Somalia’s ratification of a key convention to protect internally displaced people in Africa is a landmark achievement for the country and the African continent, UNHCR, the UN Refugee Agency, said today.

The African Union (AU) Convention for the Protection and Assistance of Internally Displaced People (IDPs) in Africa, known as the Kampala Convention, was signed on 26 November 2019 by Somali President Mohamed Abdullahi Mohamed, “Farmaajo”, after being passed with a near-unanimous vote by parliament last week. Somalia is the 30th African Union Member State to ratify the convention since 2009.

“The ratification of the Kampala Convention cements the Government’s commitment to the millions of highly vulnerable internally displaced people living in Somalia, and to finding solutions for the issue of displacement,” said UNHCR Somalia Representative, Johann Siffointe. “Today, Somalia serves as a regional model for others to follow, and UNHCR is eager to continue supporting the government in implementing its treaty obligations.”

The move is a significant milestone for Somalia, which has the fourth largest population of internally displaced people in the world, estimated at over 2.6 million individuals. In 2019 alone, over 665,000 people have been forced to flee their homes due to floods, conflict and drought. Serious protection challenges faced by IDPs include inadequate shelter, poor sanitation, insecurity, threats of evictions and gender-based violence.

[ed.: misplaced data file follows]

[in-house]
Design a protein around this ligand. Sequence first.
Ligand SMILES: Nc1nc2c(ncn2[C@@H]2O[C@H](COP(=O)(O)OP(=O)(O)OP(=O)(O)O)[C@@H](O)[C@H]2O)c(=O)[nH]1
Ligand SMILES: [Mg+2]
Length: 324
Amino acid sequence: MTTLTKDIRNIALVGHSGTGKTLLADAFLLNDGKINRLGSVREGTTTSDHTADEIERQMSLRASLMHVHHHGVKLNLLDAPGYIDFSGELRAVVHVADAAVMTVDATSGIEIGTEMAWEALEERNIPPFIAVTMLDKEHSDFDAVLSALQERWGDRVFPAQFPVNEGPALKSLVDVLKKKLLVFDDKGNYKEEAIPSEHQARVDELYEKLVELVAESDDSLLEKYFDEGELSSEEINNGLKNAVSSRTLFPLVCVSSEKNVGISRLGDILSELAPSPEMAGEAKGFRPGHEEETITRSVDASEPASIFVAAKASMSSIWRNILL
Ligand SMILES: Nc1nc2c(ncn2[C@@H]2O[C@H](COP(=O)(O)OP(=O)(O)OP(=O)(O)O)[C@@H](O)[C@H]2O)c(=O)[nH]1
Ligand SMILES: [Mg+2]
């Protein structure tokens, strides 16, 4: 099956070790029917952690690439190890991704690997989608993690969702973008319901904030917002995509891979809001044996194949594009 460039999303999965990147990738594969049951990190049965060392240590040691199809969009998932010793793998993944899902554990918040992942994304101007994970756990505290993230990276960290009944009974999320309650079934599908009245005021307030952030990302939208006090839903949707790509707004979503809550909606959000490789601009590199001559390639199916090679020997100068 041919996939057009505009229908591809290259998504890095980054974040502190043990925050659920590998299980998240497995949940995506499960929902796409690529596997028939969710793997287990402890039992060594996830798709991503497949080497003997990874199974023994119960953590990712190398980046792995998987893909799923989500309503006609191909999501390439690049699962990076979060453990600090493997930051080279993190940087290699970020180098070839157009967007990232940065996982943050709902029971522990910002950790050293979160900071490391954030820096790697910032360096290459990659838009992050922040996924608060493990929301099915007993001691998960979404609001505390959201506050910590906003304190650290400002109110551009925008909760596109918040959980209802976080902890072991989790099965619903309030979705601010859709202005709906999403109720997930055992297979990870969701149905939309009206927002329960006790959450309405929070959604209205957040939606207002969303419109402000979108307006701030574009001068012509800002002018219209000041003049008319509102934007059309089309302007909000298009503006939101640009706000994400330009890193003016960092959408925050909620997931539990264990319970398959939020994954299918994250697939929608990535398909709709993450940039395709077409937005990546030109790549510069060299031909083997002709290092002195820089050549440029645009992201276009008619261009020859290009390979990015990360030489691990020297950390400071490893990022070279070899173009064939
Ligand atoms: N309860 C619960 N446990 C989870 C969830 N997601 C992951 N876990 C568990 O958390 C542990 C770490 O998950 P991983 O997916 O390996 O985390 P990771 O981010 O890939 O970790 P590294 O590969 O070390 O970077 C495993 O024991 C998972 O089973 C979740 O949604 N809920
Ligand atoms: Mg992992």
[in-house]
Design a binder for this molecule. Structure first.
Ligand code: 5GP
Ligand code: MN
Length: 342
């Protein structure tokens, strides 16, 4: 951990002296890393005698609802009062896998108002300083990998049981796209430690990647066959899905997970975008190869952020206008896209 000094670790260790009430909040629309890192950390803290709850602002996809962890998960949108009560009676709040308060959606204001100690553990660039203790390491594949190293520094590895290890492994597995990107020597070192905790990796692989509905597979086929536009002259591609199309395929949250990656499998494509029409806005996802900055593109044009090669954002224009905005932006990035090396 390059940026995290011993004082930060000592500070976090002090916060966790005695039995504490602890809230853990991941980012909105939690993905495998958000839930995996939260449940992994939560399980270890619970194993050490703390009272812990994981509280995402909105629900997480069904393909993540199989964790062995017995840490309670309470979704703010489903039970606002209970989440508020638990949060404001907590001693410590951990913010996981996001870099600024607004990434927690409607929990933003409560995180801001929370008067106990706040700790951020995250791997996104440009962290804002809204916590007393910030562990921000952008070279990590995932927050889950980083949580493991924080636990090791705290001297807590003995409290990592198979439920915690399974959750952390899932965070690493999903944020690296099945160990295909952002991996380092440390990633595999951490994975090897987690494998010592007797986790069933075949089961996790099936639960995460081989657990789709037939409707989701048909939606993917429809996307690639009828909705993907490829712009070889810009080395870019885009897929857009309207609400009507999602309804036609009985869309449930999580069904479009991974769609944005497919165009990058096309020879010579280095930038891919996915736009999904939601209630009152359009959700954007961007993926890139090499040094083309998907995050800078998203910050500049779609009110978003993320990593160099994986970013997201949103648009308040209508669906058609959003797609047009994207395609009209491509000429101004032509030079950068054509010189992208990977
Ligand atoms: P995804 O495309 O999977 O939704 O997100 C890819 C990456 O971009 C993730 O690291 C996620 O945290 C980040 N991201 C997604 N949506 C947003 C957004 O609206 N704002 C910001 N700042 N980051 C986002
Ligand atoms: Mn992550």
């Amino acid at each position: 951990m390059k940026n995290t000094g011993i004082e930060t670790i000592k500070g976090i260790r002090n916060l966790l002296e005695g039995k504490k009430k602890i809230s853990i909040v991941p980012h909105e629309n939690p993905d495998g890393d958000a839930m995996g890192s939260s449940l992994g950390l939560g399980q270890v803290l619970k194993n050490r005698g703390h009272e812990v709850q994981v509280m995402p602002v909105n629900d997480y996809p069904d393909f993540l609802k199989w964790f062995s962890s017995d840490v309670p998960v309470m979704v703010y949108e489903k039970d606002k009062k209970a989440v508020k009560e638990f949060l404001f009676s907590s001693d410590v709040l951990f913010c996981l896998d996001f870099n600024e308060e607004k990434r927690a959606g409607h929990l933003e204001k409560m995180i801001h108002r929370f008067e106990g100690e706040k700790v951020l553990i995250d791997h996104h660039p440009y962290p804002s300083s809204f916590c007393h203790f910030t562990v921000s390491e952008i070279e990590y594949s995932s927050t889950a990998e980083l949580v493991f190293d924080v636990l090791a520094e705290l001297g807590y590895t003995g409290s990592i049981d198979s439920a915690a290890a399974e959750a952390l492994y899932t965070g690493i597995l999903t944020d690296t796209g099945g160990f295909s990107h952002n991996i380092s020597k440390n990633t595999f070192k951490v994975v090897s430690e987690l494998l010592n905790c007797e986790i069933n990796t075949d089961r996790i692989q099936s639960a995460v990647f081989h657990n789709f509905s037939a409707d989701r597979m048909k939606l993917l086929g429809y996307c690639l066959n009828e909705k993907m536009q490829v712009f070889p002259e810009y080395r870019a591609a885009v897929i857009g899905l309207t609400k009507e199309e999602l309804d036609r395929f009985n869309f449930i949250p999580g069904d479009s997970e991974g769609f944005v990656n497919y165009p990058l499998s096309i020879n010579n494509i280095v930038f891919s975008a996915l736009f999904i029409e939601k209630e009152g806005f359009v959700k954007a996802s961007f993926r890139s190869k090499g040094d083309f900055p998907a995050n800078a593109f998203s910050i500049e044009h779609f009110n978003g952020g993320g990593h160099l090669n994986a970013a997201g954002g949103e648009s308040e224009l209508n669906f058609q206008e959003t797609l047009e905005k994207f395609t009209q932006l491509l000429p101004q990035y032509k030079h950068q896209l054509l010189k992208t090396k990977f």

The Kampala Convention was adopted in 2009 by Africa’s 55 states. It is the world’s first and only regional legally binding instrument for the protection and assistance of IDPs, who often face heightened risks, violations and sexual violence because of their displacement, while they struggle to access their rights and basic protection. They often remain in dire need of humanitarian assistance.

Kenya clears direct flights from Mogadishu to Nairobi, eases visa restrictions

Kenya clears direct flights from Mogadishu to Nairobi, eases visa restrictions

Source: Hiiraan Online, Thursday November 28, 2019

NAIROBI (HOL) – Kenya has cleared flights from Mogadishu to fly directly into Nairobi but instructed that flights from other parts of Somalia must detour to Wajir for clearance.

A letter from the Kenya’s Foreign Affairs dated November 25 indicates Kenya had fully implemented ‘its part of the issues agreed upon’ by President Mohamed Farmaajo and his Kenyan counterpart Uhuru Kenyatta during a meeting mid this month.

Flights from Mogadishu may fly direct to Nairobi’s Jomo Kenyatta International Airport or Wilson Aiports both in Nairobi, the letter reads in part. However, flights originating from other aerodromes in Somalia will have to route to via Wajir for security checks.